Snakebite is a significant public health problem in many developing countries. Farmers are particularly exposed to snakes. There are more than 3000 known species of snakes of which around 300 are poisonous. In India out of 216 species, approximately 53 are poisonous. Traditional healers of snake bites are a vanishing breed. In Jowai, Waheh Tingboi Thma of Loomkyrwiang is a famous healer. Waheh Tingboi Thma has saved many lives over the years. Unlike traditional healing methods, such as local incision, herb ingestion, application of snake stones, and tattooing, Thma’s healing process involves some rites and rituals.
Since man first learned to make fire 1. 7 to 2. 0 million years ago, burns and scalds have been one of the most common of his injuries. Remedies for burn wound healing are practiced to date by the Pnar. One of the prominent traditional healers of burn injuries is Late Litis Kyndiah. The process of healing is called ‘Slu iñ diñ’, where the healer would use mustard oil and chant on it, which will be used as an ointment and applied to the burn wound. This practice is still in operation in Khasi and Jaintia Hills
However, the advent of western cultures has had a great impact on the traditional healing system. Today, the survival of many indigenous/traditional knowledge systems is at stake because of rapidly changing natural environments and fast pacing economic, political, and cultural changes on a global scale. Traditional knowledge is transmitted from generation to generation, often in oral form or by way of example, whereas written sources may not exist at all or only in local languages. Thus, it is imperative to preserve the knowledge held by our forefathers. It is in this context, that the Traditional Knowledge should be afforded effective protection.
Throughout the world, indigenous peoples and local communities have developed a wealth of traditional knowledge that they wish to protect and promote. Yet few have to use the intellectual property system to do so. Article 31 of the United Nations Declaration on the Rights of Indigenous People (2007) is an important reference in this regard: “Indigenous peoples have the right to maintain, control, protect, and develop their cultural heritage, traditional knowledge, and traditional cultural expressions, as well as the manifestations of their science, technologies, and culture, including human and genetics resources, seeds, medicines, knowledge of properties of flora and fauna, oral traditions, literature, designs, sports, and traditional games and visual and performing arts. They also have the right to maintain, control, protect, and developed their intellectual property over such cultural heritage, traditional knowledge, and traditional cultural expression. It’s further declared that “In conjunction with the indigenous people, States shall take effective measures to recognise and protect the exercise of their rights”.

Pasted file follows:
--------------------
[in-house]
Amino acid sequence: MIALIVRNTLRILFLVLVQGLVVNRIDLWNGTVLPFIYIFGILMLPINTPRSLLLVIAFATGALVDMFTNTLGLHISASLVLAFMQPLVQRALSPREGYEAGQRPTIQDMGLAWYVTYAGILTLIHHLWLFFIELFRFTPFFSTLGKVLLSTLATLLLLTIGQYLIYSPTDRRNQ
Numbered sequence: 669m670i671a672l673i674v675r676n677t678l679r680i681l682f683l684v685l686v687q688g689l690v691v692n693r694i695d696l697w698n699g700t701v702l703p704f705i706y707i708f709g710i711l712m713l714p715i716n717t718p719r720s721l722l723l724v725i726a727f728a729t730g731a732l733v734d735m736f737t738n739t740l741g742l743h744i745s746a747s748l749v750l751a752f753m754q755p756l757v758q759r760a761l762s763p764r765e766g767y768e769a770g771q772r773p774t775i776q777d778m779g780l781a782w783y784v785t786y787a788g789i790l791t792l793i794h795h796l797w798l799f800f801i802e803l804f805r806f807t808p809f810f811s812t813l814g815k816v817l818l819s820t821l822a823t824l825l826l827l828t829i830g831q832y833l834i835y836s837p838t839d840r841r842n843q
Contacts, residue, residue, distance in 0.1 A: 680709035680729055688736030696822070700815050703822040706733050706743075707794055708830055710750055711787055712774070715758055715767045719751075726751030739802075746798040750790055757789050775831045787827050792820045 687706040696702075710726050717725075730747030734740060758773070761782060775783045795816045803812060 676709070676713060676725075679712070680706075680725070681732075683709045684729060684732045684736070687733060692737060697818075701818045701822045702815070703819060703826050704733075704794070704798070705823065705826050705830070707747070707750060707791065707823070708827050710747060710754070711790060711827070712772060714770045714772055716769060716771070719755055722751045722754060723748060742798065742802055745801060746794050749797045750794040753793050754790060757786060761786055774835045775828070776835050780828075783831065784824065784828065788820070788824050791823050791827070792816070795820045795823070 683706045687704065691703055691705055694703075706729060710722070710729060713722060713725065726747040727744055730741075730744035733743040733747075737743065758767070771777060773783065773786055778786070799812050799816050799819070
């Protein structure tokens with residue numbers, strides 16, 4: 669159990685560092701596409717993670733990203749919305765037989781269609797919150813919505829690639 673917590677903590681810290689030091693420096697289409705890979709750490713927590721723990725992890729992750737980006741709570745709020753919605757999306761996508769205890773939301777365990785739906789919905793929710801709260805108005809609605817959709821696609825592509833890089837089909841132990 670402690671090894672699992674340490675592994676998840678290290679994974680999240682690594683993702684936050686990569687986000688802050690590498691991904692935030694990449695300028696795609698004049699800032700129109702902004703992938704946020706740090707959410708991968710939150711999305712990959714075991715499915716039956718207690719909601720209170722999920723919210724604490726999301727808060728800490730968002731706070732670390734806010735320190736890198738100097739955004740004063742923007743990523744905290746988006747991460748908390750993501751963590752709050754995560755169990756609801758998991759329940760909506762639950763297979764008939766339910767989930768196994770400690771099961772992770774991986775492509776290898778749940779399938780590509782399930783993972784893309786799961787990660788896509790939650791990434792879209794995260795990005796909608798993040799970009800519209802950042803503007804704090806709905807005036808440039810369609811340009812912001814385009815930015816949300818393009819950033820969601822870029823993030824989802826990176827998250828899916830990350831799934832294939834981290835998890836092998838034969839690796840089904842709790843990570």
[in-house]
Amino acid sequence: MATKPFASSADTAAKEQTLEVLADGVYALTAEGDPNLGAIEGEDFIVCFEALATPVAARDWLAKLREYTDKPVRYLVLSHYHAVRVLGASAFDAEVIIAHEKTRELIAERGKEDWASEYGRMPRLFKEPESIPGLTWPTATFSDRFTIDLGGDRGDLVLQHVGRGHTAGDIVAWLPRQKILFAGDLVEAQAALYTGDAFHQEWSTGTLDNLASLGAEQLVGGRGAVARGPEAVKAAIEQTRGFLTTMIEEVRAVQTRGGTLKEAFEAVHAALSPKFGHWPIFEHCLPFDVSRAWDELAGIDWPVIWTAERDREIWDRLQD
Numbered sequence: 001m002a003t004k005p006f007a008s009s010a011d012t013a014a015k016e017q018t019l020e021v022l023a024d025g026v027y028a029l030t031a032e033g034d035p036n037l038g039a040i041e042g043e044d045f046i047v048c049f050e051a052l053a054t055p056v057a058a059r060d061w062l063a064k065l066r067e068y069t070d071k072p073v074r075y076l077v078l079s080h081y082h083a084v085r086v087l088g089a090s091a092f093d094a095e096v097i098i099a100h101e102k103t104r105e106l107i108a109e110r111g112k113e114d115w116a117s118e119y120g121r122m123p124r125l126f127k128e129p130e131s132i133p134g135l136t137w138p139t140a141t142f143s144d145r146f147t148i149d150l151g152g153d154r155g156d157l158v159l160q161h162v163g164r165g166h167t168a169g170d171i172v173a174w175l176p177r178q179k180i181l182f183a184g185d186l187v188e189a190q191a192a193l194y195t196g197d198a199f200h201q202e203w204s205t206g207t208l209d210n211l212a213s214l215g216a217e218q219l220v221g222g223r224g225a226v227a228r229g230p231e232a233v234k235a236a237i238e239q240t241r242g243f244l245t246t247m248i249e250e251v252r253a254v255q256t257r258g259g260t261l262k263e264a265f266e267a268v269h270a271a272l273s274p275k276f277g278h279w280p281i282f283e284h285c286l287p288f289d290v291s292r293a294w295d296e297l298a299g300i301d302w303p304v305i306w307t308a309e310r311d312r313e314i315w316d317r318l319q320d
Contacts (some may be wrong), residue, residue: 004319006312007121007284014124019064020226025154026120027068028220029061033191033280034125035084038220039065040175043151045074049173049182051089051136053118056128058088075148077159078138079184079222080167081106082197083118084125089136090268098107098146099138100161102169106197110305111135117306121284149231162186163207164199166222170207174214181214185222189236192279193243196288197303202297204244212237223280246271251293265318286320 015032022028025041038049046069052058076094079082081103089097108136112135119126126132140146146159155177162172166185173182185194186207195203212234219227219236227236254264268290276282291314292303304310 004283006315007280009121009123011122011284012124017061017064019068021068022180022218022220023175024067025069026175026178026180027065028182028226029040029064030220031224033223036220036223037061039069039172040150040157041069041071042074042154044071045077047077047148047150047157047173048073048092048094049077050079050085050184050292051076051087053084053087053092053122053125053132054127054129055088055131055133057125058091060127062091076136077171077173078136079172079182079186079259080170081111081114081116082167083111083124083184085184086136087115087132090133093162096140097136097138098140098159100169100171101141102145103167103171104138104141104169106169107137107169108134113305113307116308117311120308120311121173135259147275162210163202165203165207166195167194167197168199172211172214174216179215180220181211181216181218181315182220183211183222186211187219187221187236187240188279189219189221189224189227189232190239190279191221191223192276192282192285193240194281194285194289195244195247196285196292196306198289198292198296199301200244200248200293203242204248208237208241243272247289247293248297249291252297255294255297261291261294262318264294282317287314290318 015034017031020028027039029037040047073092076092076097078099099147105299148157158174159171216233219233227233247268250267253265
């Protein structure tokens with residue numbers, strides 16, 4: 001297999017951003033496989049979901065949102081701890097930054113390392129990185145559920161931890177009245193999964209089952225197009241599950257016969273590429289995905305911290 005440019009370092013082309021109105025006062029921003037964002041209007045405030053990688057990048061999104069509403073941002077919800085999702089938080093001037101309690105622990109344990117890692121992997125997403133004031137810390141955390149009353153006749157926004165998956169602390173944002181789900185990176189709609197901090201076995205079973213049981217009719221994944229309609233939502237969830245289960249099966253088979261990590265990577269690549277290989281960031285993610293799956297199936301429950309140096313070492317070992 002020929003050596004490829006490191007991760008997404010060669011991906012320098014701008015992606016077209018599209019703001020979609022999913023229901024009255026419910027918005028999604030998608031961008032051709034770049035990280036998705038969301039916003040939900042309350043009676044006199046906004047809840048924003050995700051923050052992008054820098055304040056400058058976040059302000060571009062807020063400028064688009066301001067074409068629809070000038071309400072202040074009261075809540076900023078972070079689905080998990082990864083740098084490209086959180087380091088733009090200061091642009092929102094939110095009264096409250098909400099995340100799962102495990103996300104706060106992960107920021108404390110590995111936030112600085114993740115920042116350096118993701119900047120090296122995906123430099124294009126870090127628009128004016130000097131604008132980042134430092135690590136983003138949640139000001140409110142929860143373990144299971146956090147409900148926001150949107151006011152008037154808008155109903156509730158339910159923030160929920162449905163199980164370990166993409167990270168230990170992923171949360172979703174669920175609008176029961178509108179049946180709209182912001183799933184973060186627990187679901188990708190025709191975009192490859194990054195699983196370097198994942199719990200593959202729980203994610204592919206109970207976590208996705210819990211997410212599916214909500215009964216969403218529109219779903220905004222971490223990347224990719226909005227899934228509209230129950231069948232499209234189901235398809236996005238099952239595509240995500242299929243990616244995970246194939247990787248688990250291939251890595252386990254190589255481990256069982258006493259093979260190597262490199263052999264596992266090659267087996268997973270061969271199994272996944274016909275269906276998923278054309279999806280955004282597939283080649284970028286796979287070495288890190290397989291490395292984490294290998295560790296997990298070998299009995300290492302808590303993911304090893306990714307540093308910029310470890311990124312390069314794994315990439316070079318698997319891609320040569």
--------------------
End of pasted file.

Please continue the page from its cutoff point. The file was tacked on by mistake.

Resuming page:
This valuable asset is at risk. Since traditional knowledge practices have ancient roots and are often oral – are not protected by conventional intellectual property (IP) systems. In recognition of the value and preservation and promotion of the traditional knowledge system, in recent years, the protection of TK has received increased attention in various international forums, including the Convention on Biological Diversity (CBD), the World Intellectual Property Organization (WIPO), the International Labour Organization (ILO), the Food and Agriculture Organization (FAO), the World Health Organization (WHO), the UN Educational, Scientific and Cultural Organization (UNESCO) and the UN Commission on Human Rights
The African proverb says “When an elder dies, a library burns down”. This clearly sums up the importance of traditional knowledge preservation and cultural continuity.
Dr Omarlin Kyndiah teaches Biochemistry at St. Edmund’s College, Shillong. Known for his insightful writing he also is the General Secretary of Sein Raij Niamtre Shillong